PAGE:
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Emmapenny

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Sep 4, 2022
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10
Location
Uk
My son has been on warfarin for about 8 weeks now.

He is going away on Wednesday for 2 nights on a school geography trip.

I asked the team last week if we could test the day before he leaves so I could send him with the right dose and then test again when he’s back - assuming he’s in range obviously.

The nurse reacted quite dramatically about it all and made me doubt whether he should be going. Telling me what will happen if he’s going out or range and why can’t he test himself while he’s away etc etc. It was a really frustrating call and I felt really unsettled about it all.

I said if he was out of range then I wouldn’t let him go anyway but why are we panicking about something that hopefully won’t happen.

So he had to test again today and I spoke to a different nurse. I broached the subject of my call on Friday as I wanted some understanding of why the lady on Friday was so negative about it all. She was slightly less dramatic but was clearly privy to the conversation I’d had on Friday and tried to explain why she’d said what she said.

Cut to the chase and the reason I’m posting tonight they’ve said he must take his machine with him ‘ incase he has a bleed event so he can test himself’

Is this normal? He doesn’t take his machine with him everywhere he goes so I can’t help but wonder why he needs to take it with him. They don’t want him to test until Friday when he’s back and his INR was 2.5 today.

If he had a bleed event while he’s away he’d be off to the local hospital not faffing around at the youth hostel doing a test.

He’s 15 and I just don’t feel it’s necessary taking the machine with him.If he was going abroad or away for more than 2 nights then I could understand.

Sorry for the long winded post - guess I’m just wondering if everyone takes their home testing machines with them everywhere 🤔
 

Chuck C

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Dec 5, 2020
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It seems that testing before he leaves on the two day trip and the day he returns would be just fine. I recently went away for 7 nights and was on the fence about taking mine, but ultimately just tested before I left and when I returned.

If it were me, the real concern would be if he forgets to take his medication, which should be easy to mitigate. I'd send him off with a pill box, which has the specific dose for each day in it. I might follow up with a text or phone call to confirm that he took it.

Other than that I would let him enjoy his trip like any other kid and not make a big fuss about his situation. Going away for two days is no big deal and no reason why he should not be able to participate like his classmates.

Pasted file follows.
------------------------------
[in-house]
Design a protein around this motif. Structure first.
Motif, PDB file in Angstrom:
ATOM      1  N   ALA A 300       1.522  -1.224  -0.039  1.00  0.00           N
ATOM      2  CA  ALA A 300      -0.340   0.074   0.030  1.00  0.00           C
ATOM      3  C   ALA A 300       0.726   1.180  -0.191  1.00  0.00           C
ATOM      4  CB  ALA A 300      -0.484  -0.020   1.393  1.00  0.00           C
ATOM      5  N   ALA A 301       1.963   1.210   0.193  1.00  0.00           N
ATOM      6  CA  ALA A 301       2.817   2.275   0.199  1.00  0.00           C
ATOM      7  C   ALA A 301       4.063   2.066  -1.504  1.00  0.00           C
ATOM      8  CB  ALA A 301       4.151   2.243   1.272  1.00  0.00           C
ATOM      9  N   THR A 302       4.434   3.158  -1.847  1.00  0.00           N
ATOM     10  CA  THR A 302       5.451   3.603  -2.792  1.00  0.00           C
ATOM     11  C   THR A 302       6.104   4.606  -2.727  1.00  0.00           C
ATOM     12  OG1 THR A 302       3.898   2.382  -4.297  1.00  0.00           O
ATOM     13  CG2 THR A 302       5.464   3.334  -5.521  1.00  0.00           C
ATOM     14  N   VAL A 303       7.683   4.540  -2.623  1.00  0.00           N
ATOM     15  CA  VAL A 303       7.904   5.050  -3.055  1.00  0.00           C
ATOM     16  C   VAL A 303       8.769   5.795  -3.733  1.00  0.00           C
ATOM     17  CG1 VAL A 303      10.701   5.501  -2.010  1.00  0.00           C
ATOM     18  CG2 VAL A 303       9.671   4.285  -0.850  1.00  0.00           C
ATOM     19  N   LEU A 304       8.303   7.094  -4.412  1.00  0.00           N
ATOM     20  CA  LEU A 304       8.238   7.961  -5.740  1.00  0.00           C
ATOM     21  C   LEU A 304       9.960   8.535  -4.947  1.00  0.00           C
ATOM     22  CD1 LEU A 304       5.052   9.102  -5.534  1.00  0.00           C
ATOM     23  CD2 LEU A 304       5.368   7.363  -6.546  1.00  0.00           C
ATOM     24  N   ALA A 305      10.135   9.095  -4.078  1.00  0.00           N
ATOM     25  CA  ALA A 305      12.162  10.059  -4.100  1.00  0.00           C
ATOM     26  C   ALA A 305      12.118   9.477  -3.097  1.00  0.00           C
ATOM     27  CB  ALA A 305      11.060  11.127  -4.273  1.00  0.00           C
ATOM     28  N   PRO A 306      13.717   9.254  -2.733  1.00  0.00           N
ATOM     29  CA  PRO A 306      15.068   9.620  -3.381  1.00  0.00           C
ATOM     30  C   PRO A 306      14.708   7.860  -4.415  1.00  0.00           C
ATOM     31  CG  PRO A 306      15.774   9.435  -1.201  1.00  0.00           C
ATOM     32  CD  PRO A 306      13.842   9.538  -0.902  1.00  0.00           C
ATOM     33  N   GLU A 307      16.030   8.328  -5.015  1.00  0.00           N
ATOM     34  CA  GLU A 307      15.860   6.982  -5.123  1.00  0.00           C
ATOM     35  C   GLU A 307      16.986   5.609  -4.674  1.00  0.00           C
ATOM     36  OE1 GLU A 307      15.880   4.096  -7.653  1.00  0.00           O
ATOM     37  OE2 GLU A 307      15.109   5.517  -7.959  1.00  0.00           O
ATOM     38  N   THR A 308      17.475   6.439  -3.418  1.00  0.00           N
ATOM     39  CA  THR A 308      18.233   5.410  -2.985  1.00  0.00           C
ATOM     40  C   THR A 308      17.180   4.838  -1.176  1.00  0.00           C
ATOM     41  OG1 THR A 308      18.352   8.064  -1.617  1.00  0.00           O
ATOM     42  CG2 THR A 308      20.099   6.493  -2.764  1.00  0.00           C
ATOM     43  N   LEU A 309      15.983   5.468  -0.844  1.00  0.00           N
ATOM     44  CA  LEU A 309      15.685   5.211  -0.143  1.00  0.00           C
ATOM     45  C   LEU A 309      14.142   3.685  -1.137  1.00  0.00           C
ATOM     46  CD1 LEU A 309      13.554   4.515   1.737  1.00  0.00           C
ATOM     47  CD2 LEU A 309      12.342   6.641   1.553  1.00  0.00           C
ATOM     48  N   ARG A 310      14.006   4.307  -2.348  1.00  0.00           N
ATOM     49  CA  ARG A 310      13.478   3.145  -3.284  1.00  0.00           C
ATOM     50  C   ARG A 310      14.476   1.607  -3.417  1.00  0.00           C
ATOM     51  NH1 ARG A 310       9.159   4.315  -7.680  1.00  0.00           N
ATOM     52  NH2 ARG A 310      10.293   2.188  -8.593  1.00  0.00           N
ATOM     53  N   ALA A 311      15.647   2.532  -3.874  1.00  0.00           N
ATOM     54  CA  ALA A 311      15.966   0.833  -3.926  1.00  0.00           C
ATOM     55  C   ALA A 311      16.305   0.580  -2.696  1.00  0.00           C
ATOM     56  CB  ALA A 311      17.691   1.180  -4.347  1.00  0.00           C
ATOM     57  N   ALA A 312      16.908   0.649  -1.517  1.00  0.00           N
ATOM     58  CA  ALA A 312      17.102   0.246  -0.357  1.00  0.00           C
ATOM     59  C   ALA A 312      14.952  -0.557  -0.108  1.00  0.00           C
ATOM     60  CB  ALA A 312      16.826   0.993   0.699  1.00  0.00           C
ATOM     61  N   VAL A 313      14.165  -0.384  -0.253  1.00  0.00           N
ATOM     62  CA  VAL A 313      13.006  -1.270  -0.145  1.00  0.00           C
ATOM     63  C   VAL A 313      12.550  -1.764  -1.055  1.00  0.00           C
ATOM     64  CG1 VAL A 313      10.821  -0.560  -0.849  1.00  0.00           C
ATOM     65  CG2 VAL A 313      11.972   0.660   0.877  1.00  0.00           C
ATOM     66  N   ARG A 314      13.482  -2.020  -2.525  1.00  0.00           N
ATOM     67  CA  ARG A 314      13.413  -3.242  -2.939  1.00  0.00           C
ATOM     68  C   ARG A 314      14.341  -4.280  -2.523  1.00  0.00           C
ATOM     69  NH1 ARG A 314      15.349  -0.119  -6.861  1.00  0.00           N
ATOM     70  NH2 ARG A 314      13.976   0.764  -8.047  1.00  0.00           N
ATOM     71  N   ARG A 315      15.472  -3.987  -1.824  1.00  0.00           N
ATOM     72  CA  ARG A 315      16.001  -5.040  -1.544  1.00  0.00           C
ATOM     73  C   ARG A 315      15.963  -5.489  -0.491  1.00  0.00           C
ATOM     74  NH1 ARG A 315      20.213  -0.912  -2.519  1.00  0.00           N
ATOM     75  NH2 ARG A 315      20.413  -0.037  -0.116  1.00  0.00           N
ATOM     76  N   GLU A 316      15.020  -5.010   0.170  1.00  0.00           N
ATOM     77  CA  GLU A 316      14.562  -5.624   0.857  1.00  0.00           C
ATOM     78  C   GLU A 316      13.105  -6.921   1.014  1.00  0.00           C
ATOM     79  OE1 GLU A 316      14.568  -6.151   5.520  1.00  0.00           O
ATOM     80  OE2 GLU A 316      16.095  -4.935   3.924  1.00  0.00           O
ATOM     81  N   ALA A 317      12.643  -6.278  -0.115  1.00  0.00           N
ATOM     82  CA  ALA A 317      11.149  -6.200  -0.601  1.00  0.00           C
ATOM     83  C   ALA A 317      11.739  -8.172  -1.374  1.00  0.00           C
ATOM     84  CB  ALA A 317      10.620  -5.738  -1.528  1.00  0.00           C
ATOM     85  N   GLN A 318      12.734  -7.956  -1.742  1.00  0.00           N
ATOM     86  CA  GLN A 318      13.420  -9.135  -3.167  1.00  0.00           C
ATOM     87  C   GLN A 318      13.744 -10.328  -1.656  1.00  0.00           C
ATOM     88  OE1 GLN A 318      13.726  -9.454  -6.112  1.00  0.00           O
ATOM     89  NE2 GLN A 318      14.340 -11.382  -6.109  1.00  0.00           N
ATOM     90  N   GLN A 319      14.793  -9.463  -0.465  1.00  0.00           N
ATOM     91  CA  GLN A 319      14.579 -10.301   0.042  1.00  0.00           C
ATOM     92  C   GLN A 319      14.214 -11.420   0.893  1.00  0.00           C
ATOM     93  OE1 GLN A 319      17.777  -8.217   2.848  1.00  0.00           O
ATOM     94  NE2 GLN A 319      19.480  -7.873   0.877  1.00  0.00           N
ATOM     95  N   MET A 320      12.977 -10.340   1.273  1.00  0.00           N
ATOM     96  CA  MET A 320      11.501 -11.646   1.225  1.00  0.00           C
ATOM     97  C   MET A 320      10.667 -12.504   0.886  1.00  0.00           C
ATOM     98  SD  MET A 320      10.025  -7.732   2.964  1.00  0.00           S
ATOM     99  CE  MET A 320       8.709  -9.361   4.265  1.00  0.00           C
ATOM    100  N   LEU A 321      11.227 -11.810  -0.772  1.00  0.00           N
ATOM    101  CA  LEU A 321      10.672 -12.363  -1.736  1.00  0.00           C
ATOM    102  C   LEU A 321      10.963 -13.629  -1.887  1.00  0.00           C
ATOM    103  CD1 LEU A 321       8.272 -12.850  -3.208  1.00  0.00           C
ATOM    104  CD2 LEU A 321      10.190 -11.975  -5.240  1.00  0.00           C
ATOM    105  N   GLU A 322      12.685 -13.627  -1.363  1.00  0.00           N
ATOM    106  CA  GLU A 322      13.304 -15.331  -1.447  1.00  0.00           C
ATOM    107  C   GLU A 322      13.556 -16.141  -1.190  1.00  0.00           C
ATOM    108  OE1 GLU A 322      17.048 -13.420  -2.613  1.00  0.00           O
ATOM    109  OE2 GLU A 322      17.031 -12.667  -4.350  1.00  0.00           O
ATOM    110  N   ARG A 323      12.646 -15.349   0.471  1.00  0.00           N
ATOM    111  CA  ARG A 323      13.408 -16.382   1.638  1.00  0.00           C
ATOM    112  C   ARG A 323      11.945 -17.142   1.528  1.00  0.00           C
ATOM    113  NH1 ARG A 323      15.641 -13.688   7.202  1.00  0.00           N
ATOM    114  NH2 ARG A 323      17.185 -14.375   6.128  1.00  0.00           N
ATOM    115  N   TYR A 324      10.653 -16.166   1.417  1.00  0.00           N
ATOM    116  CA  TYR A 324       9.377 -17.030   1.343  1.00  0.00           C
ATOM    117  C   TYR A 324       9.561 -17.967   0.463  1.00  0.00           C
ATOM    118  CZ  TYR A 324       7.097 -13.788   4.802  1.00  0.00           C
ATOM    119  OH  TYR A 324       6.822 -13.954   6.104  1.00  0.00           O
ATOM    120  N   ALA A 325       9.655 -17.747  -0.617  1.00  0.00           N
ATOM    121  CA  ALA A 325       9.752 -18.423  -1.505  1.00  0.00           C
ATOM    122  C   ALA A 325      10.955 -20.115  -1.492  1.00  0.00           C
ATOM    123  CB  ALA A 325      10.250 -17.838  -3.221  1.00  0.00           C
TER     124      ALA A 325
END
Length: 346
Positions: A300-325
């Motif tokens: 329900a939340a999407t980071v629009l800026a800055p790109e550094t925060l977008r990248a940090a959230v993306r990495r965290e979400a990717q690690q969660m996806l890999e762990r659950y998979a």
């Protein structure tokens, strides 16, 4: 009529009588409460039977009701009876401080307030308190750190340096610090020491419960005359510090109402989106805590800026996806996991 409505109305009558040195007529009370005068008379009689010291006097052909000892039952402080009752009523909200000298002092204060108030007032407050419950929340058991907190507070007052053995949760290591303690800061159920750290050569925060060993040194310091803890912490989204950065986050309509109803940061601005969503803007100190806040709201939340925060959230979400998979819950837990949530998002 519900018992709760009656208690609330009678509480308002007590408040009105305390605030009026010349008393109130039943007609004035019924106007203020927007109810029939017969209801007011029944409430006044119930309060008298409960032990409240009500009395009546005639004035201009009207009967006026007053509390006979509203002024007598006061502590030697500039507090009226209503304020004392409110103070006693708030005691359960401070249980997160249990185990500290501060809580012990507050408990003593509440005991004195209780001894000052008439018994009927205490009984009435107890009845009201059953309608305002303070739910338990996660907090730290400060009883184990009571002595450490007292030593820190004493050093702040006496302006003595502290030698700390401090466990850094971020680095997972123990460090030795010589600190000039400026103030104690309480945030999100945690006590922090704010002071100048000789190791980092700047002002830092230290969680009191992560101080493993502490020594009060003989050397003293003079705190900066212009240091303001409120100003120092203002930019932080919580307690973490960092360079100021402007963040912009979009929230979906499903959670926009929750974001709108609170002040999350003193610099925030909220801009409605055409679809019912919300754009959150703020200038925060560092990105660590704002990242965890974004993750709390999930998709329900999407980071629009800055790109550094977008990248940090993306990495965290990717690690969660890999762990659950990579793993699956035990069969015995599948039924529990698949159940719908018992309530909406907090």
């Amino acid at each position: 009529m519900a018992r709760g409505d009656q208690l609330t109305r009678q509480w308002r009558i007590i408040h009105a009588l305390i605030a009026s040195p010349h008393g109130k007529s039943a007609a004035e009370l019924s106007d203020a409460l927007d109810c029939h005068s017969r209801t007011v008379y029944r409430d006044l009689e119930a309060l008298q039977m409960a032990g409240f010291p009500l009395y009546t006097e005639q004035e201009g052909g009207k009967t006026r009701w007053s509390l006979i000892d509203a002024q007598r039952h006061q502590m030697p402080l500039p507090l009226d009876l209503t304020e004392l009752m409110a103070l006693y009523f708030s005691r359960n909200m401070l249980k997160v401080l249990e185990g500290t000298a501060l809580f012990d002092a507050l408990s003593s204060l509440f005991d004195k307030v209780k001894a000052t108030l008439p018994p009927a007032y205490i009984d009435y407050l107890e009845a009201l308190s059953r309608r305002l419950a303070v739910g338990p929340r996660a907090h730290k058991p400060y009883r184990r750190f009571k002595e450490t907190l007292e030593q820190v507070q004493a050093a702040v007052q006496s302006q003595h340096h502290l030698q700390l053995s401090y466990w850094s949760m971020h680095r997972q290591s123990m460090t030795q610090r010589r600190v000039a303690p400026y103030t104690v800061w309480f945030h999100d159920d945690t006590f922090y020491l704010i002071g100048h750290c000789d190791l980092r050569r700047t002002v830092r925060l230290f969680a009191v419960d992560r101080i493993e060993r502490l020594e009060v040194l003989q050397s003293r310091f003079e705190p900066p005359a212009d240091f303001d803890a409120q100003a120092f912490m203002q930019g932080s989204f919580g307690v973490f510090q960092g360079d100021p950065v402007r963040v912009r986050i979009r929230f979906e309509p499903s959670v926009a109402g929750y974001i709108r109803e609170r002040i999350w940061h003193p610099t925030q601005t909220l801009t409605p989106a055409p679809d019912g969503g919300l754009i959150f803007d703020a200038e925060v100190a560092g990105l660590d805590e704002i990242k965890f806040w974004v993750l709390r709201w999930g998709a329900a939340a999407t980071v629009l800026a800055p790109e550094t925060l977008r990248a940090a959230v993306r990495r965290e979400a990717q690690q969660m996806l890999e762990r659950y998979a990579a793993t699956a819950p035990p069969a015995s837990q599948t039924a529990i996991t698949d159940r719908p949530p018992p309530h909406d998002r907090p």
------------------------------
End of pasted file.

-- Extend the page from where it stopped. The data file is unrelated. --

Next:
Emmapenny

Member
Joined
Sep 4, 2022
Messages
10
Location
Uk
It seems that testing before he leaves on the two day trip and the day he returns would be just fine. I recently went away for 7 nights and was on the fence about taking mine, but ultimately just tested before I left and when I returned.

If it were me, the real concern would be if he forgets to take his medication, which should be easy to mitigate. I'd send him off with a pill box, which has the specific dose for each day in it. I might follow up with a text or phone call to confirm that he took it.

Other than that I would let him enjoy his trip like any other kid and not make a big fuss about his situation. Going away for two days is no big deal and no reason why he should not be able to participate like his classmates.
Thanks Chuck

I’ve bought him some travel pill pots and put the right dose in for the day and he’s got an extra day incase he drops one or something unforeseen! Also will get him to text me when he takes it and the teachers are going to check as well.

I felt really comfortable with it all until I spoke to his team.

Like you said I’d really like him to just go and have fun with his mates and not thinking about looking after the machine or if he’s bleeding trying to test himself!
 
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Chuck C

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Dec 5, 2020
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I think you are going this well prepared, with safeguards in place to make sure he takes his warfarin.

Like you said I’d really like him to just go and have fun with his mates and not thinking about looking after the machine or if he’s bleeding trying to test himself!

He should be able to go without worrying about testing himself. It is just 2 days. In the very unlikely event that he has a bleed, they will get him medical care and I fully expect the place of care would test his INR in such event.
 

pellicle

Professional Dingbat, Guru and Merkintologist
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Nov 4, 2012
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Queensland, OzTrayLeeYa
Hi

why would you test him if he's bleeding? I can't see that scenario unless you're talking about something *very* unusual like blood in the urine.

I felt really comfortable with it all until I spoke to his team.
I feel this is an unfortunate side effect of how most clinics act. Lets assume that they are either well meaning or simply neutral. I would say that noone in the clinic is actually on warfarin, and so they have no personal knowledge, typically they don't have any knowledge of you or your son. Additionally they are more often actually concerned about "blow back" on themselves. This essentially makes them all into organisational idiots. (*be aware that I have the view of idiot stemming from the same word as idiomatic comes from; meaning something about the self. They are concerned fundamentally about themselves and have not placed themselves in your position when advising)